M010 - Wed 1 Apr 2015 / Mer 1er avr 2015



Wednesday 1 April 2015 Mercredi 1er avril 2015


The committee met at 1301 in committee room 1.


The Chair (Mr. Toby Barrett): Welcome, everyone, to the regular meeting of the Standing Committee on the Legislative Assembly, April 1, dealing with standing order 108(g), electronic petitions.

We have a briefing before the committee written by Joanne McNair, table research clerk. I would like to ask Joanne if you could give us an overview and entertain any comments or questions as we walk through this.

Ms. Joanne McNair: The report that you were sent is sort of a thumbnail sketch. I have a bit more detailed information I can provide on each of the jurisdictions covered.

If you had the chance to go through it, you’ll see that the jurisdictions that did adopt e-petitions all took fairly different ways to get to that. We saw some that were initiated directly by the government. Some were initiated by backbenchers. Others were the result of a much larger overhaul of parliamentary procedures and other initiatives. And some did take the more traditional committee route: They were proposed by a committee and brought forward that way.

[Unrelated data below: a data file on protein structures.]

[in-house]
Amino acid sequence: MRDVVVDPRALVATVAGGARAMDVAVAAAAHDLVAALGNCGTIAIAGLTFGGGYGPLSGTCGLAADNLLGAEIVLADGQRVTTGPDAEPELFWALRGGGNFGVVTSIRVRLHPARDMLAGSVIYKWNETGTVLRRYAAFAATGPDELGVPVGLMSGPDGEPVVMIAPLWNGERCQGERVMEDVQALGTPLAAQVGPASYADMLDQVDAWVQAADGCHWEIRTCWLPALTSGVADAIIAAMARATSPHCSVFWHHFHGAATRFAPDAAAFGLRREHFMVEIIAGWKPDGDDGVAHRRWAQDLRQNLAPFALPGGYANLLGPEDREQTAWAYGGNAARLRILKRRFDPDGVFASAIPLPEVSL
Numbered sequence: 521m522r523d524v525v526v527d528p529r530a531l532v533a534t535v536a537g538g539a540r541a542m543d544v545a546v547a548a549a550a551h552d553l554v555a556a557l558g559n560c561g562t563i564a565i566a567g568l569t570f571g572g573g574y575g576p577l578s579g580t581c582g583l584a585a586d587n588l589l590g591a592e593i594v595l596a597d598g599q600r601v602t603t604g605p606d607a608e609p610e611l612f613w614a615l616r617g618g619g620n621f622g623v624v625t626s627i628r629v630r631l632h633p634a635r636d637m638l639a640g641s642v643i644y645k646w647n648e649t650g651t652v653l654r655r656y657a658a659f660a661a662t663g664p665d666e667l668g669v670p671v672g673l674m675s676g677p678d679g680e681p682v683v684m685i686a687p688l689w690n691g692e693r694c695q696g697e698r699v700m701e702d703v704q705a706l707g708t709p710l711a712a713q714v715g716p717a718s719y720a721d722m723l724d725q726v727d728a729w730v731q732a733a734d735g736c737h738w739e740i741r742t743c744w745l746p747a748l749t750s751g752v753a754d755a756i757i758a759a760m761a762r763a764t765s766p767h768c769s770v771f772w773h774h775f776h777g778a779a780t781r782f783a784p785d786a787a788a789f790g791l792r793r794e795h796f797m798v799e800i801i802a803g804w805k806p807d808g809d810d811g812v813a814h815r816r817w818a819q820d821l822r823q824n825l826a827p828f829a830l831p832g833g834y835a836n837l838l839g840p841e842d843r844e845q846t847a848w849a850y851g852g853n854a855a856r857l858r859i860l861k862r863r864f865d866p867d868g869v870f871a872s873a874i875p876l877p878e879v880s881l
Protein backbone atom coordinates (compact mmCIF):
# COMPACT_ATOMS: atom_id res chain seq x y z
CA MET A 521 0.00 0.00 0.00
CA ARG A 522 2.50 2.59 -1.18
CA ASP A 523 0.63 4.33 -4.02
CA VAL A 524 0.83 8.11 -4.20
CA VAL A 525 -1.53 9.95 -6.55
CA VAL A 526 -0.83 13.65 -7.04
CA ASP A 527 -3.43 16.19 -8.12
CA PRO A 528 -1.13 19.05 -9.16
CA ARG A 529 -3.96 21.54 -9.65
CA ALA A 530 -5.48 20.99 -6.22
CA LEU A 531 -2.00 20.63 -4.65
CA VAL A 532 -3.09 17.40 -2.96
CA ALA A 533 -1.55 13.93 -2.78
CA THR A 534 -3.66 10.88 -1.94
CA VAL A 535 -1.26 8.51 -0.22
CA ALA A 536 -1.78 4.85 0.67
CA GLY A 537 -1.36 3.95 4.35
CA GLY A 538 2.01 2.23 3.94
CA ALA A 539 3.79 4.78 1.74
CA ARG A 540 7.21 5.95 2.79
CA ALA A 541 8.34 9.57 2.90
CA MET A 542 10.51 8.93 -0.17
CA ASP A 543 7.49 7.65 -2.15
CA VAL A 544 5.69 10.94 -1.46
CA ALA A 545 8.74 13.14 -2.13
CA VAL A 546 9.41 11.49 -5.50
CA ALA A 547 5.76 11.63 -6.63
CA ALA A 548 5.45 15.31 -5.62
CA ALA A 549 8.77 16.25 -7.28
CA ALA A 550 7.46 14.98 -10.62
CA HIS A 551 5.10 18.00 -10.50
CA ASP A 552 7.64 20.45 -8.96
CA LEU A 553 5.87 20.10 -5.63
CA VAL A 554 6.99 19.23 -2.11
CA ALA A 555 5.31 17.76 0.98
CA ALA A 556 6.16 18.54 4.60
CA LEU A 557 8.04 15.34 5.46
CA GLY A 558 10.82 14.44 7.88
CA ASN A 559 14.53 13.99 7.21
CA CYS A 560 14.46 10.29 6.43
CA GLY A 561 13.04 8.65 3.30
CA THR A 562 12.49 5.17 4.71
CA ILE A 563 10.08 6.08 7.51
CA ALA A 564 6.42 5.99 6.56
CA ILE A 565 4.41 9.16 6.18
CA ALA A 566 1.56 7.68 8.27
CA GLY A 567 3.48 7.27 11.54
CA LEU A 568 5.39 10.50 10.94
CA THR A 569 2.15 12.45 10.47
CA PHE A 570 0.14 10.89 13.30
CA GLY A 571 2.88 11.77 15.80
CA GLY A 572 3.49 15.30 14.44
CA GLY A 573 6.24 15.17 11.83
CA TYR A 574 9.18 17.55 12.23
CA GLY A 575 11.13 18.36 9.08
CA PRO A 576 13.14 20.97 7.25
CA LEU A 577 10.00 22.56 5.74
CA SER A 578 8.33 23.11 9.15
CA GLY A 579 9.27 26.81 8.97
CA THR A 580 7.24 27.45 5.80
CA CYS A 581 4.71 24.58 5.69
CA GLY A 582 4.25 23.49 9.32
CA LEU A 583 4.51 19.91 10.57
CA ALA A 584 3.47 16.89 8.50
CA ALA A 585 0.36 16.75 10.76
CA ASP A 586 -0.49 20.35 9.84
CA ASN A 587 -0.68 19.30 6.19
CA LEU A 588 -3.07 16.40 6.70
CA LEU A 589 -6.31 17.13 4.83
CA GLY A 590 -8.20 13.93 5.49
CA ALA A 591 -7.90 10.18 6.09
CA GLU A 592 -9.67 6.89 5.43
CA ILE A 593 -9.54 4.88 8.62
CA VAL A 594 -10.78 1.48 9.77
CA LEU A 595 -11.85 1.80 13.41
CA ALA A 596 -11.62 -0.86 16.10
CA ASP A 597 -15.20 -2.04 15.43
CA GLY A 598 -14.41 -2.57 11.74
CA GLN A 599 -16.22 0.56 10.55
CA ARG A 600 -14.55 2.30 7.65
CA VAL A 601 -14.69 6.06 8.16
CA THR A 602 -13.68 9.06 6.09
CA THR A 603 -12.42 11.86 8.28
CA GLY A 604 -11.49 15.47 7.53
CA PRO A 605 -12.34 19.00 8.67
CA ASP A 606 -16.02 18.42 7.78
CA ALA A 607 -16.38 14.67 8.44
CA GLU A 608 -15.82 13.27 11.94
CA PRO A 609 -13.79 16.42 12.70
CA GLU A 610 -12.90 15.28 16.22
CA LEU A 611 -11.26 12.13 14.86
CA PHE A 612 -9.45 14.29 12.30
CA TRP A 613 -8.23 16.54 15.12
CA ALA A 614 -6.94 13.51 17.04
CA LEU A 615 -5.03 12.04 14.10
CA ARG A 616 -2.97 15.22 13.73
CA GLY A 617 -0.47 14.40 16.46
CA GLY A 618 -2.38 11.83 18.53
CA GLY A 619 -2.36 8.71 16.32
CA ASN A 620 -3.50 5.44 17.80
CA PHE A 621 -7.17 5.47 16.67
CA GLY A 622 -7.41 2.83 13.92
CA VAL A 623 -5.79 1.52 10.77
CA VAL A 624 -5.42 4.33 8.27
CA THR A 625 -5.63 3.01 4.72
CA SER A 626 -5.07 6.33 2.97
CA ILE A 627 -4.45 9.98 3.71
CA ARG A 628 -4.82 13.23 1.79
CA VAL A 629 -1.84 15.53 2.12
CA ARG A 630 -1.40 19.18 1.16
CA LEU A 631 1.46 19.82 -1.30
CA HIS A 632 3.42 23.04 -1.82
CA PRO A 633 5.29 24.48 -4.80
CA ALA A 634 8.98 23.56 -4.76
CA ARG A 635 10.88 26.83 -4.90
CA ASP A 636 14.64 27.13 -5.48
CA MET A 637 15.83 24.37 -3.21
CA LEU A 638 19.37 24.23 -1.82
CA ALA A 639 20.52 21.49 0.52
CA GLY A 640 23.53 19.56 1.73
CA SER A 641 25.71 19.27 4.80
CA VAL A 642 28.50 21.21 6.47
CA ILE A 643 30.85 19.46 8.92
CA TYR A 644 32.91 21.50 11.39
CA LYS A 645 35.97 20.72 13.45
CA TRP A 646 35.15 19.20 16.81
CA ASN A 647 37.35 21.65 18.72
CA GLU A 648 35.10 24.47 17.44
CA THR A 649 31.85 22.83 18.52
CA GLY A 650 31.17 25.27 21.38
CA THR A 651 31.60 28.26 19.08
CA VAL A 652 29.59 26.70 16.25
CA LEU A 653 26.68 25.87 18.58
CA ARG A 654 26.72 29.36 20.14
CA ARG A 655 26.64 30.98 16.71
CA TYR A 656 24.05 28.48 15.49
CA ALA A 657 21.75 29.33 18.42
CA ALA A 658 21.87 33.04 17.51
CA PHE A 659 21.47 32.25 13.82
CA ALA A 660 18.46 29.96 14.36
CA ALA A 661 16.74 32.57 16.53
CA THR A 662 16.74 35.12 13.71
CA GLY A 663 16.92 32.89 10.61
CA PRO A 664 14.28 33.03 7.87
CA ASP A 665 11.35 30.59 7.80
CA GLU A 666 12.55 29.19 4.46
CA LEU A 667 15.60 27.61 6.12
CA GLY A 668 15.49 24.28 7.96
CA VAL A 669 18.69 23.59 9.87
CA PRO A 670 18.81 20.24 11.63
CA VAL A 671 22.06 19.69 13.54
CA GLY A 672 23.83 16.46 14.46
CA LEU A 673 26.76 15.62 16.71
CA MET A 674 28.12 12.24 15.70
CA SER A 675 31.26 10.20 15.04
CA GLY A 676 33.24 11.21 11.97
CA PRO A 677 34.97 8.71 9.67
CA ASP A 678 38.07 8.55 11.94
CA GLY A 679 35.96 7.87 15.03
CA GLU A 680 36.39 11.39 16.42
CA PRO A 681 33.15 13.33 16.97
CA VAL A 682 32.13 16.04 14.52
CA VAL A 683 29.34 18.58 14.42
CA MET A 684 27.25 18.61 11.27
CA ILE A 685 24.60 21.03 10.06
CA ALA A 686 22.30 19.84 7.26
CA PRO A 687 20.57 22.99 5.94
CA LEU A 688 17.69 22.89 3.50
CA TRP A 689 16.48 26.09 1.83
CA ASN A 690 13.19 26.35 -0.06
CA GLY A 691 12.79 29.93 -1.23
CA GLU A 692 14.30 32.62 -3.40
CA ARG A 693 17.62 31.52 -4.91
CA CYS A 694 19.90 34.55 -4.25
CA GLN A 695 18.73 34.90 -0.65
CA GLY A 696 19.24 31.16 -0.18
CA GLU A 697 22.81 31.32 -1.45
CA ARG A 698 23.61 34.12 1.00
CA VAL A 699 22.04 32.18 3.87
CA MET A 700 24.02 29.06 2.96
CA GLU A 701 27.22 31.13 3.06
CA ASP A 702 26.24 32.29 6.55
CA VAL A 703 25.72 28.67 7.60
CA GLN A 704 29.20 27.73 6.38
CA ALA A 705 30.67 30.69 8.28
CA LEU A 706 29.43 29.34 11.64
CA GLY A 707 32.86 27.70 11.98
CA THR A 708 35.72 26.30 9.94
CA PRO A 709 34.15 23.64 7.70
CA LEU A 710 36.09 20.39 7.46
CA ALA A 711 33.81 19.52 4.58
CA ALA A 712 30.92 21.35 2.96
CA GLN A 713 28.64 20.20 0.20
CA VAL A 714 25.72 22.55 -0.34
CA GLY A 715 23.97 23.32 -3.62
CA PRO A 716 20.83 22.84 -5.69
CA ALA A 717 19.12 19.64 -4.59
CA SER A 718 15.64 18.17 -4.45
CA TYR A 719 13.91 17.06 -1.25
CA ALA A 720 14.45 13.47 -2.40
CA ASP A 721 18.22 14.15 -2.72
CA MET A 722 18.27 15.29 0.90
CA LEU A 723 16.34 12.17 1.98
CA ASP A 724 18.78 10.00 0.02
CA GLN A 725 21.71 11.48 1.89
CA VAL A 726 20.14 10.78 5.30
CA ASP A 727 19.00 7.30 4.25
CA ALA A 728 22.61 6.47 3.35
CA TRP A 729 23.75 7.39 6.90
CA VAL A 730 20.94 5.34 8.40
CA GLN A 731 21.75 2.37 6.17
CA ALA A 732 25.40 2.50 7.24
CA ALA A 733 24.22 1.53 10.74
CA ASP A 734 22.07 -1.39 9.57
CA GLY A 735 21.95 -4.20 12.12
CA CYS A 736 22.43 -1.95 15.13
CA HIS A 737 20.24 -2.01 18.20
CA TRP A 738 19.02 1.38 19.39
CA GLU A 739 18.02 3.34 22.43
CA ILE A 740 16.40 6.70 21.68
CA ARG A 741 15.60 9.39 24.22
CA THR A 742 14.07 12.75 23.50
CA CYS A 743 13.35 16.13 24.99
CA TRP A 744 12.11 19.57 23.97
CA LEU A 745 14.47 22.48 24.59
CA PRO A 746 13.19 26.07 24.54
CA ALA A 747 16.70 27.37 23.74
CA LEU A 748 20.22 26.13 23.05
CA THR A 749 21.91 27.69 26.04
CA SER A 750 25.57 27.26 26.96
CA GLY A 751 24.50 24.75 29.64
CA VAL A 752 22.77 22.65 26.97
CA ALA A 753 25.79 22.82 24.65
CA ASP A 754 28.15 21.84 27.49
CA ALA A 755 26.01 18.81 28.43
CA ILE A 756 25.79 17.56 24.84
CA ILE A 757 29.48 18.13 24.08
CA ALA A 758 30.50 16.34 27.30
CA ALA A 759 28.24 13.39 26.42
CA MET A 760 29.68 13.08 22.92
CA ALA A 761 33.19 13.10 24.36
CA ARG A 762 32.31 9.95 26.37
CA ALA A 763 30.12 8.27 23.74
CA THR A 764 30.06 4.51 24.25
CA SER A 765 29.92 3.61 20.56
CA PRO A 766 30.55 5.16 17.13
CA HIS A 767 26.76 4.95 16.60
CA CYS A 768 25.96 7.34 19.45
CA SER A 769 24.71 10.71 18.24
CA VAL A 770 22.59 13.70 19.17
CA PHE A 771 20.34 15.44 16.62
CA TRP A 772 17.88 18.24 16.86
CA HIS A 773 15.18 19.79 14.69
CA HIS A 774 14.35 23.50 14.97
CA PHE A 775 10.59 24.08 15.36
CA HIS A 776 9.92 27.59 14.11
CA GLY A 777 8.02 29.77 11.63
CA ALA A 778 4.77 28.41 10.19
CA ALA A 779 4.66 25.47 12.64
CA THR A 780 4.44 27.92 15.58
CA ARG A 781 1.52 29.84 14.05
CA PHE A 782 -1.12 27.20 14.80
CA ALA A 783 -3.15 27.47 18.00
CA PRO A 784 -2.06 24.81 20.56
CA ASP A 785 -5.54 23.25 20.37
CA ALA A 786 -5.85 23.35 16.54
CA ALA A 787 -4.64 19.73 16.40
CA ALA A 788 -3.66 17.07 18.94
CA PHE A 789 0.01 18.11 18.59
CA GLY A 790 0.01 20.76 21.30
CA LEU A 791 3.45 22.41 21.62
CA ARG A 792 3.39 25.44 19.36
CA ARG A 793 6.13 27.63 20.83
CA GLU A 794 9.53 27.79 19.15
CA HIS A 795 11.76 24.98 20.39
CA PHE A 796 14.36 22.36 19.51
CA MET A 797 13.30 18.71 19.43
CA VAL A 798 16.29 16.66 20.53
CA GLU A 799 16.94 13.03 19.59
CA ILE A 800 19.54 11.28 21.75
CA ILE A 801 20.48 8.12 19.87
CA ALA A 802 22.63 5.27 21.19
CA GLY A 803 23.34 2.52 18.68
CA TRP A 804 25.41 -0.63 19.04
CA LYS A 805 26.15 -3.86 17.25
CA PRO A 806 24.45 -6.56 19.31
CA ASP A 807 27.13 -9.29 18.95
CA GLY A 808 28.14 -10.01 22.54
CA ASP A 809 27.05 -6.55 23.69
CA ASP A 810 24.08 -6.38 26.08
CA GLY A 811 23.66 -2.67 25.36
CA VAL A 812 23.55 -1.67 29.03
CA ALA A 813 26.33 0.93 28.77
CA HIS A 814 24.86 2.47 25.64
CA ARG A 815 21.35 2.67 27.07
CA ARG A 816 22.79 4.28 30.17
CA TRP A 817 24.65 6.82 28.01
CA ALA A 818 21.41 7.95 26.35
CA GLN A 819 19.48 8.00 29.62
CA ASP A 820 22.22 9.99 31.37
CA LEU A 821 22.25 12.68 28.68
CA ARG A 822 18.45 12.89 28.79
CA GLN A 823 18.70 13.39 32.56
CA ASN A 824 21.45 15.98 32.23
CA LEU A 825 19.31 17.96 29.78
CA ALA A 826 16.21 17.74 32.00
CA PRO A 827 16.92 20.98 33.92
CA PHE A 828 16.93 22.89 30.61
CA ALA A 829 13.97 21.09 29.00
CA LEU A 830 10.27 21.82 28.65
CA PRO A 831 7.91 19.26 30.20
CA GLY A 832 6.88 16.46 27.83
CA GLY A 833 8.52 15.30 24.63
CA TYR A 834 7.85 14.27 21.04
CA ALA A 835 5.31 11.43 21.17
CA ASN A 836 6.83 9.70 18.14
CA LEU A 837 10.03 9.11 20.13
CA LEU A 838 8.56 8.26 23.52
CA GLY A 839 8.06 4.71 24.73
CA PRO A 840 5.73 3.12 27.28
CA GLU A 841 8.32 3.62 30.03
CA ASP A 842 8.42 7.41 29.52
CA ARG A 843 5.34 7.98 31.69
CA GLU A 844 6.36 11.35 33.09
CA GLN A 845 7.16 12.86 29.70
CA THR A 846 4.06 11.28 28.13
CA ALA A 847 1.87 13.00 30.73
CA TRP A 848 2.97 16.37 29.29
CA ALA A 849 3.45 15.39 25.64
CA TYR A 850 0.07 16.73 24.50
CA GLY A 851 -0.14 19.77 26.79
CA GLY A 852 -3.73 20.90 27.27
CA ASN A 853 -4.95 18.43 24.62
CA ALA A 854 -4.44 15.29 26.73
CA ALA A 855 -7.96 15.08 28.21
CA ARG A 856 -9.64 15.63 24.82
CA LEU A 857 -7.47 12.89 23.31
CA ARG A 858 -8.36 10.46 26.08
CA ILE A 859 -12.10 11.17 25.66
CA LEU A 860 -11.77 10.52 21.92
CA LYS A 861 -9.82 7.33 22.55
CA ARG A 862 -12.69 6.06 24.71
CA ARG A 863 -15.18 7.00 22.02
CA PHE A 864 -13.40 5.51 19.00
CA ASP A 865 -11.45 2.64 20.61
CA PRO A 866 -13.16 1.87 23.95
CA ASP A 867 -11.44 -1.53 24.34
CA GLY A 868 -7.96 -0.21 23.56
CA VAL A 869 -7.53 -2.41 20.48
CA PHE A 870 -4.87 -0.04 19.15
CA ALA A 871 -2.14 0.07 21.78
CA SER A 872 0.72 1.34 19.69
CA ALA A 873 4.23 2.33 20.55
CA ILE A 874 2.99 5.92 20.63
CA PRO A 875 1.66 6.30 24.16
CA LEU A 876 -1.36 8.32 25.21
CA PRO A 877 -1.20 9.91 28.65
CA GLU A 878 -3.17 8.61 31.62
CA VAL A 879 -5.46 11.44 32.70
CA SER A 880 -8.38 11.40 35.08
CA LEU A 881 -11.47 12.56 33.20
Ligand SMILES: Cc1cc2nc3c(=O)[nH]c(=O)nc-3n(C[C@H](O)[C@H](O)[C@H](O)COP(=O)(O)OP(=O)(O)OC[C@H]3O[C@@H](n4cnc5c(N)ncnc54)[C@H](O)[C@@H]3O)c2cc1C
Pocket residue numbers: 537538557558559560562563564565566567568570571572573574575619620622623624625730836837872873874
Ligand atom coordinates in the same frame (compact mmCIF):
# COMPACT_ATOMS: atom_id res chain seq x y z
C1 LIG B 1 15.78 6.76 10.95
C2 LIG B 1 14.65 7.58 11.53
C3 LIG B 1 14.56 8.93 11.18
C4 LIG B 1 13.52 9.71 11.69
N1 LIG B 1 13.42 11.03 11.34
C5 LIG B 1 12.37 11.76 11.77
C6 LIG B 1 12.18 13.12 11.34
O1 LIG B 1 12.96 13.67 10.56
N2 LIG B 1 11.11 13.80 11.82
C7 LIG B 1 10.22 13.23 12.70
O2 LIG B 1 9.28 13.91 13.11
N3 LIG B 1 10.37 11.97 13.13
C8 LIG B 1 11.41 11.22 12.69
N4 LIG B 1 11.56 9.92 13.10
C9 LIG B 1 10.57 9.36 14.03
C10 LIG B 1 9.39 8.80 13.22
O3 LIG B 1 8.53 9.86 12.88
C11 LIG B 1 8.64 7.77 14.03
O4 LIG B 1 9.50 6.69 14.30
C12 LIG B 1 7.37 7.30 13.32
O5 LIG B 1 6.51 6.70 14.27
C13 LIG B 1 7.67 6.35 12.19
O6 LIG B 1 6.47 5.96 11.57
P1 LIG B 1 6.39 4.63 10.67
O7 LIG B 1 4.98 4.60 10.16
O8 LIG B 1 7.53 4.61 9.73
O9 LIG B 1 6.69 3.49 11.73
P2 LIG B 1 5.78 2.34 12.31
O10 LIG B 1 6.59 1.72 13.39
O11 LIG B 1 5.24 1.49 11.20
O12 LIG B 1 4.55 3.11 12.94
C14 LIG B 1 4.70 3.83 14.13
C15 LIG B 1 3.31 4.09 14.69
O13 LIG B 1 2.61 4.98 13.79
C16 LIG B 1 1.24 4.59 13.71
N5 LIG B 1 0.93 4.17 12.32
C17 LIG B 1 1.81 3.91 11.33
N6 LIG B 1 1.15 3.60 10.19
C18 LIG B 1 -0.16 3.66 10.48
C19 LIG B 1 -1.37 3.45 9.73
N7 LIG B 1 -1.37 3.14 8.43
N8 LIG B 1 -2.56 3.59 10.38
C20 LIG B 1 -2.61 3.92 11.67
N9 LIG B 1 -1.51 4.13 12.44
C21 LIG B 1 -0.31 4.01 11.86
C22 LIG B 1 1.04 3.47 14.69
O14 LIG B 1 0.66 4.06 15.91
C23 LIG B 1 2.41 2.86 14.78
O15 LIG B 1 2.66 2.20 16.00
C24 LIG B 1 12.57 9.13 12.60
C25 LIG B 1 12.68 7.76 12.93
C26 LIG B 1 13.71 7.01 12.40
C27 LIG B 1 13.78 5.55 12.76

If we start with the Canadian jurisdictions, the Canadian House of Commons is the most recent jurisdiction to adopt e-petitions; they did that just last month—yes, March, because it’s April now. The matter first came up over a decade ago when the Special Committee on the Modernization and Improvement of the Procedures of the House of Commons was looking at all—they weren’t looking specifically at e-petitions; they were looking at the larger issue of parliamentary reforms and ways to improve it. A lot of their focus was on private members’ business. But in the course of their investigations, they travelled to Scotland, the UK and Australia and looked at what was happening in those jurisdictions. They were very impressed by the e-petition systems that were set up, particularly in Scotland. In their report to the House in 2003, they did recommend that the House of Commons adopt an e-petition system. That report was adopted, but as we know, nothing actually happened on the e-petitions front. A lot of their other recommendations were adopted, but nothing came up with the e-petitions side of things.

Then you fast-forward to October 2013, when an NDP member’s private member’s motion passed, barely—it was 142 votes to 140—to refer the matter of e-petitions to the Standing Committee on Procedure and House Affairs, asking them to look into what was being done elsewhere and to set up a system for the House of Commons. As I indicated in the report that you were sent, the procedure and House affairs committee started looking into it only last November. They had four public meetings with 11 witnesses in total, and then they met four other times in camera to write their report. They recommended that the House do adopt an e-petition system, and that report was adopted just last month.